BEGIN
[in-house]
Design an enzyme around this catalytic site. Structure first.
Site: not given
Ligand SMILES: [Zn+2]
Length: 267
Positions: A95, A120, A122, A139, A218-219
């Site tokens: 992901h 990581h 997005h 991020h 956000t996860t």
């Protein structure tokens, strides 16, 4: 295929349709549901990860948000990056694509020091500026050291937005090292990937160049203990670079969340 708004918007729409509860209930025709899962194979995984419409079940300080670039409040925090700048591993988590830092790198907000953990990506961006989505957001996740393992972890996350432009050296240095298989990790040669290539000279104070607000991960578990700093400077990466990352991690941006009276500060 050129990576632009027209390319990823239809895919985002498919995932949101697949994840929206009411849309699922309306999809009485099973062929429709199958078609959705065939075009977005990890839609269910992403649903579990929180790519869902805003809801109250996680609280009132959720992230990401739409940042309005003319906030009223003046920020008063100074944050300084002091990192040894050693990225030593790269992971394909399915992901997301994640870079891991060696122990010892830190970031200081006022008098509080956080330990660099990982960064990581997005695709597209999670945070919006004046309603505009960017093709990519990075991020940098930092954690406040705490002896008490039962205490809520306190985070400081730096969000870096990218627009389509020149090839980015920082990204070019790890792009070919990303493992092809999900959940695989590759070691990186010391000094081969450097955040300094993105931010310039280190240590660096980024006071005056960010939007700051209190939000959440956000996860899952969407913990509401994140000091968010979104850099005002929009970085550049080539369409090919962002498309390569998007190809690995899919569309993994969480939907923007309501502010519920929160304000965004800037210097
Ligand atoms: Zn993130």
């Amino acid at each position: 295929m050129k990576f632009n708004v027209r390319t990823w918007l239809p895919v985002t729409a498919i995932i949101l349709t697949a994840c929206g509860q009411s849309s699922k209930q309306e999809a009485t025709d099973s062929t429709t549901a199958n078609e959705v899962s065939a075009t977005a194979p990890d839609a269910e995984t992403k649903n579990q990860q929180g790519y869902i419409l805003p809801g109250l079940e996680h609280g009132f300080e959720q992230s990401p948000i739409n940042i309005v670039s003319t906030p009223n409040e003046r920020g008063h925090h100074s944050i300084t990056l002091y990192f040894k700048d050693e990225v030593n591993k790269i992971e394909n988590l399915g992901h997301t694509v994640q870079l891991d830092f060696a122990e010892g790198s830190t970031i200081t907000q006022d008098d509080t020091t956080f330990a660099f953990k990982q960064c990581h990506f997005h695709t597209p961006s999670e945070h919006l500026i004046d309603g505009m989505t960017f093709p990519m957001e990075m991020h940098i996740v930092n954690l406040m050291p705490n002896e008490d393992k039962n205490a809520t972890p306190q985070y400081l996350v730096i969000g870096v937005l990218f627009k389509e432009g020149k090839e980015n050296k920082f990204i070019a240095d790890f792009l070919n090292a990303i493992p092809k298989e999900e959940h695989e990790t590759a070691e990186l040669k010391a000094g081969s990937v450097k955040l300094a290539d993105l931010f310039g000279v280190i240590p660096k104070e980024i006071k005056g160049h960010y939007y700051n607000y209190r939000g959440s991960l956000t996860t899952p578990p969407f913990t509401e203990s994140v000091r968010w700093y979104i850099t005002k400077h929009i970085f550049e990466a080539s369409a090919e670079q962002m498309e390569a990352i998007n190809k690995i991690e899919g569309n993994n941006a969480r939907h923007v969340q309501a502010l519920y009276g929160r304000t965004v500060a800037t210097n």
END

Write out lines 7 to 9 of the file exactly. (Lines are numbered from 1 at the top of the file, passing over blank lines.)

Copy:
């Site tokens: 992901h 990581h 997005h 991020h 956000t996860t």
């Protein structure tokens, strides 16, 4: 295929349709549901990860948000990056694509020091500026050291937005090292990937160049203990670079969340 708004918007729409509860209930025709899962194979995984419409079940300080670039409040925090700048591993988590830092790198907000953990990506961006989505957001996740393992972890996350432009050296240095298989990790040669290539000279104070607000991960578990700093400077990466990352991690941006009276500060 050129990576632009027209390319990823239809895919985002498919995932949101697949994840929206009411849309699922309306999809009485099973062929429709199958078609959705065939075009977005990890839609269910992403649903579990929180790519869902805003809801109250996680609280009132959720992230990401739409940042309005003319906030009223003046920020008063100074944050300084002091990192040894050693990225030593790269992971394909399915992901997301994640870079891991060696122990010892830190970031200081006022008098509080956080330990660099990982960064990581997005695709597209999670945070919006004046309603505009960017093709990519990075991020940098930092954690406040705490002896008490039962205490809520306190985070400081730096969000870096990218627009389509020149090839980015920082990204070019790890792009070919990303493992092809999900959940695989590759070691990186010391000094081969450097955040300094993105931010310039280190240590660096980024006071005056960010939007700051209190939000959440956000996860899952969407913990509401994140000091968010979104850099005002929009970085550049080539369409090919962002498309390569998007190809690995899919569309993994969480939907923007309501502010519920929160304000965004800037210097
Ligand atoms: Zn993130």